With the wet/cold weather hopefully behind us now, attention needs to focus on repairing damaged swards caused by grazing stock in less than ideal conditions. Damaged swards can produce >20% less dry matter (DM), in a year compared to a sward in good health. A healthy sward should produce 12 tonnes per hectare of DM per annum, so a 20% drop in production equates to 2.4 tonnes of DM per hectare less. This will need to be replaced by other feeds. With concentrates on the increase the cost per tonne DM of a standard 16%HDF is around £278. A poor performing sward will cost you an extra £668 per hectare in concentrates over a season.
Repairing may require a full reseed, but often over seeding or direct drilling can be just as effective. The machine in picture one is ideal for overseeding.
The type of action required depends on the level of damage. If poaching is only a couple of inches deep this will fix itself after the next couple of grazings or with a pass of a grass aerator, not a roller. I say not a roller as this will just squash down what is already potentially a compacted topsoil and reduce oxygen levels in the soil, reducing soil microbe and earth worm activity, (these two are key to nutrient release in soil). Remember there are more soil microbes in a spoon full of soil than humans on the earth. That’s a lot of microbes and thus a lot of oxygen needed.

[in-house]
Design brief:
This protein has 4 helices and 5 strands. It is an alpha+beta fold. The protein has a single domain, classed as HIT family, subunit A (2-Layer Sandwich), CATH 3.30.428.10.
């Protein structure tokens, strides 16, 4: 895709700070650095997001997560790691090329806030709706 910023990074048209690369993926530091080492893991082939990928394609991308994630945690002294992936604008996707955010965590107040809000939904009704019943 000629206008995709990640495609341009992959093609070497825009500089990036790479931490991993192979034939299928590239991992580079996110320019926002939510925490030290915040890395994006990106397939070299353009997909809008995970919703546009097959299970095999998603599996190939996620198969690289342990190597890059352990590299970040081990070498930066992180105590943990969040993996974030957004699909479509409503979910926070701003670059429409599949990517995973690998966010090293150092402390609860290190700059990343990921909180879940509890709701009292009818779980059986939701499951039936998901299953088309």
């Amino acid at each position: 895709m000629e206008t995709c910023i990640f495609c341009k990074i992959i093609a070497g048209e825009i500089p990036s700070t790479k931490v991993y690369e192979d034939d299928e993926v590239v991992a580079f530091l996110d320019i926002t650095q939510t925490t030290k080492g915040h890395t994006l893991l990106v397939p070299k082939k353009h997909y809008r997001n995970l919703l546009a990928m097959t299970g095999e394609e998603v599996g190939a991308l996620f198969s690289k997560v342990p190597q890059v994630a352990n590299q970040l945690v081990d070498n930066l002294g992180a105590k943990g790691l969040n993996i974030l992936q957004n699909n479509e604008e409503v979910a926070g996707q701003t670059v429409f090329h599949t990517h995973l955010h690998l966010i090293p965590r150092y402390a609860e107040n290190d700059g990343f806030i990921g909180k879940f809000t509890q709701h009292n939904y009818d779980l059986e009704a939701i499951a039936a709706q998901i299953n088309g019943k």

The type of aerator will depend on soil type. Heavy clay soils benefit from the type in picture two, whilst light soils only need a lighter weight machine, see picture three.
Deeper poaching may require a more aggressive approach, but before you jump for the plough consider other options. Ploughing is great for burying trash/weeds and removing topsoil compaction. The problem with ploughing is it can also bring up new weed seeds and heavy/infertile subsoil, burying the good quality topsoil and organic matter out of reach of the plant. In some cases, ploughing is the only option, but there is often an opportunity to either minimal tillage the field or direct drill after spraying off.
A number of our clients have moved away from the plough now and use a sward lifter and heavy duty cultivator, see pictures four and five, to make a rough seedbed and then either direct drill or use a seed box on grass harrows to sow the grass seed. This is followed by a roll to gain good seed to soil contact. This option is around two thirds of the cost of ploughing, does not bring up fresh weed seeds and does not bury the good quality topsoil and organic matter away from the new plants.
Pictures Four and Five.
Before making any decision on cultivations it is essential to dig some holes and look at the levels of compaction in the soils. Are there any obvious signs of compacted layers? Is there any mottling indicating water logging? What is earthworm activity like?
If you would like some help planning a reseeding program or how best to regenerate worn grass leys, contact Phil Cooper on 07798 673665 or e-mail firstname.lastname@example.org
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